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The Spillover Effects of State Spending

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  • Katherine Baicker

Abstract

This paper estimates the degree to which state spending is influenced by the spending of neighboring states. Focusing on mandated increases in welfare spending, I find that each dollar of state spending causes spending in neighboring states to increase by 37 to 88 cents. I use more plausibly exogenous variation than previous studies to abstract from the endogeneity of neighbors' spending, and show that previous estimates may have been biased. I also explore the strength of several different measures of neighborliness. The most predictive measure is the degree of population mobility between states, suggesting that concerns about migration may drive the interdependence of state spending policy.

Suggested Citation

  • Katherine Baicker, 2001. "The Spillover Effects of State Spending," NBER Working Papers 8383, National Bureau of Economic Research, Inc.
  • Handle: RePEc:nbr:nberwo:8383
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    References listed on IDEAS

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    1. Phillip B. Levine & David J. Zimmerman, 1999. "An empirical analysis of the welfare magnet debate using the NLSY," Journal of Population Economics, Springer;European Society for Population Economics, vol. 12(3), pages 391-409.
    2. Gramlich, Edward M & Rubinfeld, Daniel L, 1982. "Micro Estimates of Public Spending Demand Functions and Tests of the Tiebout and Median-Voter Hypotheses," Journal of Political Economy, University of Chicago Press, vol. 90(3), pages 536-560, June.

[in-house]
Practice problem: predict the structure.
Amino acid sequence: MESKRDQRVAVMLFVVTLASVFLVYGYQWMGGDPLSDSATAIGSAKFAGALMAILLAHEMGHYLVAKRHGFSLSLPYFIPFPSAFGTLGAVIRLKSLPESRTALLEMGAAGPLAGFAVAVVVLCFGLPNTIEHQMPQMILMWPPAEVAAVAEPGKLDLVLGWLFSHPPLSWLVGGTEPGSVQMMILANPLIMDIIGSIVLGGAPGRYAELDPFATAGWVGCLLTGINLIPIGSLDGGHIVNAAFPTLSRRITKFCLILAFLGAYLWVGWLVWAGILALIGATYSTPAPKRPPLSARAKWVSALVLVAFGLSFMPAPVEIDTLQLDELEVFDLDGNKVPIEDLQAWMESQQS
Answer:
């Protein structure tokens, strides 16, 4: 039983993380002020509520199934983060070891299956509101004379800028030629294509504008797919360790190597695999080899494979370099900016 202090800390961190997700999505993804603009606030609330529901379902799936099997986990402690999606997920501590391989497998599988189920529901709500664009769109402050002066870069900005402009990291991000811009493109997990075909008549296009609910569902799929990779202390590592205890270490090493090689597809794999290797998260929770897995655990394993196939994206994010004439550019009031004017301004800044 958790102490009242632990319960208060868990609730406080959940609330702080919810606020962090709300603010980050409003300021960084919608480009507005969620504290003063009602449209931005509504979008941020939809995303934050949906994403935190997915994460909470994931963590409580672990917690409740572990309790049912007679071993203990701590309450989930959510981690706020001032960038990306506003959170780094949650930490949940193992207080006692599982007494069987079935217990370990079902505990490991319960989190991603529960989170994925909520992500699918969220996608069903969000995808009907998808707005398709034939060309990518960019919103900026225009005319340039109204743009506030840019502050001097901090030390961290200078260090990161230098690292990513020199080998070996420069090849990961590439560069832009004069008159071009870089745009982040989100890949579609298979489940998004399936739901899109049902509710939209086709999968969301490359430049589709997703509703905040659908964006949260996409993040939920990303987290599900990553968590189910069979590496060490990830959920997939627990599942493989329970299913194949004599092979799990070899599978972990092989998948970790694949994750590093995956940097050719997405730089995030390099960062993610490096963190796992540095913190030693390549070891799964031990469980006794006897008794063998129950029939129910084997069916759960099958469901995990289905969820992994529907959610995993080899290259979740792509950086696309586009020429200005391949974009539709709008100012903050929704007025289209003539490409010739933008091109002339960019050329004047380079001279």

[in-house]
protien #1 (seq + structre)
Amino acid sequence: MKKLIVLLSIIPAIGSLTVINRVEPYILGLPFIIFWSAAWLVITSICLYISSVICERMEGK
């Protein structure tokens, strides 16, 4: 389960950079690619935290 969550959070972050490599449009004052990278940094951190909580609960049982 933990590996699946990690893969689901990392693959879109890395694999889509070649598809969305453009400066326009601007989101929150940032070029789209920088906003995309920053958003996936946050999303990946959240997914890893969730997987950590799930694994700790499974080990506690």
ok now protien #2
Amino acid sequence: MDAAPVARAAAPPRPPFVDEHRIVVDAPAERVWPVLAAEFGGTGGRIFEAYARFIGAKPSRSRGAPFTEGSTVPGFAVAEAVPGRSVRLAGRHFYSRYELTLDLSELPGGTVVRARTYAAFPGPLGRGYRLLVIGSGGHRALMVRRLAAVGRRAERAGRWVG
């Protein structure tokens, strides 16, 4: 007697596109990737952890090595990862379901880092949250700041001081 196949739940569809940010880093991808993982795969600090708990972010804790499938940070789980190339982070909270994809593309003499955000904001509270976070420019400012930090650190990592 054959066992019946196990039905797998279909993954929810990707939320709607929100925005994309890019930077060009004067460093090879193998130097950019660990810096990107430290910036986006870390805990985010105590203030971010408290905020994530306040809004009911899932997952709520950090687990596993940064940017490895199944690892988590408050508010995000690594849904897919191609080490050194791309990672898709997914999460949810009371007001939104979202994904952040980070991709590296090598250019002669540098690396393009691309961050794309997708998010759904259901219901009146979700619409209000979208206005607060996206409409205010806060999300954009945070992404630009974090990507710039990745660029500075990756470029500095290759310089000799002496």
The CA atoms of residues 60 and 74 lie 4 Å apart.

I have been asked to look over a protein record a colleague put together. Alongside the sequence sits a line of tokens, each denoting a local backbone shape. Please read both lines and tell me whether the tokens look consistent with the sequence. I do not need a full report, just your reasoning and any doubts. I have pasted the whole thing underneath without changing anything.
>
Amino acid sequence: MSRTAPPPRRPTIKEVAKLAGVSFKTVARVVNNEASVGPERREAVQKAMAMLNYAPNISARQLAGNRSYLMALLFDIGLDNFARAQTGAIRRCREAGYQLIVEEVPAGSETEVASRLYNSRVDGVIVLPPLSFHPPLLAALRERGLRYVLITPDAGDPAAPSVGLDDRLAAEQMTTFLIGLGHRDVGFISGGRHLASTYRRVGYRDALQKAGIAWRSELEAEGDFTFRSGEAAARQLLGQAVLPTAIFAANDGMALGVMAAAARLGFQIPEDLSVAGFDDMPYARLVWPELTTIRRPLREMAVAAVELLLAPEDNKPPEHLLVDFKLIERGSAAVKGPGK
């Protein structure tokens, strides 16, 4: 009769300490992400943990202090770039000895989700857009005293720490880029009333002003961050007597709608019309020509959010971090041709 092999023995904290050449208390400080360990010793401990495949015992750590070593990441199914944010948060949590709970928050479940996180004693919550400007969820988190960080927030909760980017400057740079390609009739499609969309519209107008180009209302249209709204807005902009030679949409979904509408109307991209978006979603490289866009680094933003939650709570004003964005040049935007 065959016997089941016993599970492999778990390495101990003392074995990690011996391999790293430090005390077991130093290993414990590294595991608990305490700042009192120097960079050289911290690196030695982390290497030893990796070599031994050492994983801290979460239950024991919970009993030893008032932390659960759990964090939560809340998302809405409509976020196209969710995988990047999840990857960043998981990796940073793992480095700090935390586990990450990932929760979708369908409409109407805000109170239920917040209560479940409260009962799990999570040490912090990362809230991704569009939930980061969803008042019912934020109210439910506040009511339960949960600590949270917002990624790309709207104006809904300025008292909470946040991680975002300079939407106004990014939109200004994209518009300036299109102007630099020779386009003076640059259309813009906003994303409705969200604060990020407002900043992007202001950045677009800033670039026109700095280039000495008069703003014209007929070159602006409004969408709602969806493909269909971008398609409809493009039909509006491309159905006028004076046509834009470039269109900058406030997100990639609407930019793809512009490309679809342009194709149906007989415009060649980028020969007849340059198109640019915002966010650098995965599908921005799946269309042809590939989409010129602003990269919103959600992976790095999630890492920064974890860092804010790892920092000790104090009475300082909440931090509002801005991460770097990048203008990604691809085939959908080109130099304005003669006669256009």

3. K. Newey, Whitney, 1985. "Generalized method of moments specification testing," Journal of Econometrics, Elsevier, vol. 29(3), pages 229-256, September.
    4. Cutler, David M & Elmendorf, Douglas W & Zeckhauser, Richard J, 1993. "Demographic Characteristics and the Public Bundle," Public Finance = Finances publiques, , vol. 48(Supplemen), pages 178-198.
    5. Case, Anne C, 1991. "Spatial Patterns in Household Demand," Econometrica, Econometric Society, vol. 59(4), pages 953-965, July.
    6. Figlio, David N. & Kolpin, Van W. & Reid, William E., 1999. "Do States Play Welfare Games?," Journal of Urban Economics, Elsevier, vol. 46(3), pages 437-454, November.
    7. Case, Anne C. & Rosen, Harvey S. & Hines, James Jr., 1993. "Budget spillovers and fiscal policy interdependence : Evidence from the states," Journal of Public Economics, Elsevier, vol. 52(3), pages 285-307, October.
    8. Conley, T. G., 1999. "GMM estimation with cross sectional dependence," Journal of Econometrics, Elsevier, vol. 92(1), pages 1-45, September.
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    Cited by:

    1. Rork, Jonathan C., 2003. "Coveting Thy Neighbors' Taxation," National Tax Journal, National Tax Association;National Tax Journal, vol. 56(4), pages 775-787, December.
    2. Redoano, Michela, 2003. "Fiscal Interactions Among European Countries," The Warwick Economics Research Paper Series (TWERPS) 680, University of Warwick, Department of Economics.
    3. Alun H. Thomas, 2006. "Do Debt-Service Savings and Grants Boost Social Expenditures?," IMF Working Papers 06/180, International Monetary Fund.
    4. Sasser, Alicia C., 2010. "Voting with their feet: Relative economic conditions and state migration patterns," Regional Science and Urban Economics, Elsevier, vol. 40(2-3), pages 122-135, May.

    More about this item

    JEL classification:

    • H7 - Public Economics - - State and Local Government; Intergovernmental Relations

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